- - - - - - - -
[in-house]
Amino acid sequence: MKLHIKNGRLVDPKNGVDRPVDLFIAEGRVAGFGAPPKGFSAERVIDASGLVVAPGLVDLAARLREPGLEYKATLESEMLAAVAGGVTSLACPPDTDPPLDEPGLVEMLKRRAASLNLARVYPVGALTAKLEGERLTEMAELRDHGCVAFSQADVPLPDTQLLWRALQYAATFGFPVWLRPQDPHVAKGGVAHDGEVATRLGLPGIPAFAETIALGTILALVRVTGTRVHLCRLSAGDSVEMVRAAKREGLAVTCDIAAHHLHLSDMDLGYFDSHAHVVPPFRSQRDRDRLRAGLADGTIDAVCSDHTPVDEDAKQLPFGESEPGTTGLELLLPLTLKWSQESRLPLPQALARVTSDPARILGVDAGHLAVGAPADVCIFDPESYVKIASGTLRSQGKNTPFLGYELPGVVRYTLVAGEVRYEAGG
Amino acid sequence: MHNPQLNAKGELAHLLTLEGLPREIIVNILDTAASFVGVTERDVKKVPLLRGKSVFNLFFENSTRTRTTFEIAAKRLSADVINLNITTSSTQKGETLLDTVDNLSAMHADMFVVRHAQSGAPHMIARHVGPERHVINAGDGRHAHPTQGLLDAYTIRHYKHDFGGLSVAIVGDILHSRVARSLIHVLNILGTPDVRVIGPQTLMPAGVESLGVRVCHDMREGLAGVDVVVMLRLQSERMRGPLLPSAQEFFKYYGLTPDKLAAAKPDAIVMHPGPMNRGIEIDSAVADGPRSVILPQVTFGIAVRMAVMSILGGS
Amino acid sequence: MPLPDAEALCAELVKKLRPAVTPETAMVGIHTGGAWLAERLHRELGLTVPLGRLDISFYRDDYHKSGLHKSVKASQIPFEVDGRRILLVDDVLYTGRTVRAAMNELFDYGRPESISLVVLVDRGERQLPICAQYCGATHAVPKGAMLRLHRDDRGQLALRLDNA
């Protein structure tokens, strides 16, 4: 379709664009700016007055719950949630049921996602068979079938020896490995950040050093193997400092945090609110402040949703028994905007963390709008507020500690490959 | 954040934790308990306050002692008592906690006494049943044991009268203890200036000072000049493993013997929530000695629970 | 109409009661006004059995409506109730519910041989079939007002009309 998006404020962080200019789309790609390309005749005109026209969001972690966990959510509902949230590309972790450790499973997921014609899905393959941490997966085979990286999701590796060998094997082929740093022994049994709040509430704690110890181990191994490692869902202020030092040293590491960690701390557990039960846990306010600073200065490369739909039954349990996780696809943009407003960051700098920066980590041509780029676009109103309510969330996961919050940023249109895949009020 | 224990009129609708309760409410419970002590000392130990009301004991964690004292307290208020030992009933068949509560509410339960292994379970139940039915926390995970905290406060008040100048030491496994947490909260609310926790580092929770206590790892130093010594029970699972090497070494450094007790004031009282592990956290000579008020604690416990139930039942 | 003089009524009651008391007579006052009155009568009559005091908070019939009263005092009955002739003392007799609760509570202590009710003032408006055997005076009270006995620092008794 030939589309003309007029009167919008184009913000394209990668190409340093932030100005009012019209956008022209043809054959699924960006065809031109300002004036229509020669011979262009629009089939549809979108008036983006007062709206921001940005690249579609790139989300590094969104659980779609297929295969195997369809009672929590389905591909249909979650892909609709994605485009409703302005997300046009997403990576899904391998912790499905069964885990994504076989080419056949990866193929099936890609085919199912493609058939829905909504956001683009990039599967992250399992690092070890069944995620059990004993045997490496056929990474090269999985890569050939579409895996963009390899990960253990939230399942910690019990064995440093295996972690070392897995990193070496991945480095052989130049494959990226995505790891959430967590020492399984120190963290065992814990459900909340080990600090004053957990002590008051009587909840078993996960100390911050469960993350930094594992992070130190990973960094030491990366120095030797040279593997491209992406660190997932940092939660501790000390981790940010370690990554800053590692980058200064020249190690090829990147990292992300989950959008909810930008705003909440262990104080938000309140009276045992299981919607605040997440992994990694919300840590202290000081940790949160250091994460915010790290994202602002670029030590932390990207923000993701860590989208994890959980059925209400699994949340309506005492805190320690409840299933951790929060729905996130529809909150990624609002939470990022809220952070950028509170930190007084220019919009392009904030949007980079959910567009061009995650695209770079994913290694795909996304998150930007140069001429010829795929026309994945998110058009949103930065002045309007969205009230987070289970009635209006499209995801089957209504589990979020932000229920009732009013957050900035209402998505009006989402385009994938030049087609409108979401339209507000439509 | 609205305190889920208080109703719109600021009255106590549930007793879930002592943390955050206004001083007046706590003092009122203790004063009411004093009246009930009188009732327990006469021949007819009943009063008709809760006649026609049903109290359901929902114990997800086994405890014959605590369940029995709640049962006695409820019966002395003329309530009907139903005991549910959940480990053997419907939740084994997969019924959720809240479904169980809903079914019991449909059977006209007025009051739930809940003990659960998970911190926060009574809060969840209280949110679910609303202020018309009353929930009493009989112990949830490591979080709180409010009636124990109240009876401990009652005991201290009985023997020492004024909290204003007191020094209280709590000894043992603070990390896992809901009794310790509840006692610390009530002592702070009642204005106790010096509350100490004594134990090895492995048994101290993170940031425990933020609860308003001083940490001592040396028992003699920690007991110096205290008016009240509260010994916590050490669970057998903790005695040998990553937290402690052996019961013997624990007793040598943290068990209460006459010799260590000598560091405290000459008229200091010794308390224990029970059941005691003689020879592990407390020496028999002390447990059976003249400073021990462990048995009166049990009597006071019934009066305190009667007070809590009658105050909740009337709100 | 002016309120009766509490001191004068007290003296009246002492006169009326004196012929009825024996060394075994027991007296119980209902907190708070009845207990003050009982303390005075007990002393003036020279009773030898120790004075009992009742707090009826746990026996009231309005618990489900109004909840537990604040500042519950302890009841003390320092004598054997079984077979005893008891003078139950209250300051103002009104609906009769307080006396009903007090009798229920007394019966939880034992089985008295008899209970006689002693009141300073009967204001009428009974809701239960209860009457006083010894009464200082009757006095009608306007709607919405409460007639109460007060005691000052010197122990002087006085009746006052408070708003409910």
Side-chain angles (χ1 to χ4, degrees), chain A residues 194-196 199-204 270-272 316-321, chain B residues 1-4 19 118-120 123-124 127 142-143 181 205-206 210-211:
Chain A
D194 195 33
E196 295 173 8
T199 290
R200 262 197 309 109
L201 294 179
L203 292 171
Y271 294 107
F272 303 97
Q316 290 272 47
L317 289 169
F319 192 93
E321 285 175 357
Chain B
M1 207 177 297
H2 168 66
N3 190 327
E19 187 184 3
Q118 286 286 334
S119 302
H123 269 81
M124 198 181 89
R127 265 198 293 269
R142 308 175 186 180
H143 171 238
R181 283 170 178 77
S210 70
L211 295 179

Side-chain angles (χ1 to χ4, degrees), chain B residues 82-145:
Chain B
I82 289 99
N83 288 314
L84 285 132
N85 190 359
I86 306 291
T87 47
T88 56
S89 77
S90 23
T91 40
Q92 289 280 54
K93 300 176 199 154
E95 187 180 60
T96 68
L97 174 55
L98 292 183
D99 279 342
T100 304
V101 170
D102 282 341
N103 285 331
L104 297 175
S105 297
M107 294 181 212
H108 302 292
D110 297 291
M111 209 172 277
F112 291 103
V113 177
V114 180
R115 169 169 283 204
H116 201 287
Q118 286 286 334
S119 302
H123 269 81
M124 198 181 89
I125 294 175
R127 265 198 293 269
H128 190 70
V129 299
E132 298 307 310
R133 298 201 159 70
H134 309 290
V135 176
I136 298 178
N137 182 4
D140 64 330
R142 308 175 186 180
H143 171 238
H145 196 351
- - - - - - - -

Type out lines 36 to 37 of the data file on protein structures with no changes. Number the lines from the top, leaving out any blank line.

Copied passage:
Chain B
I82 289 99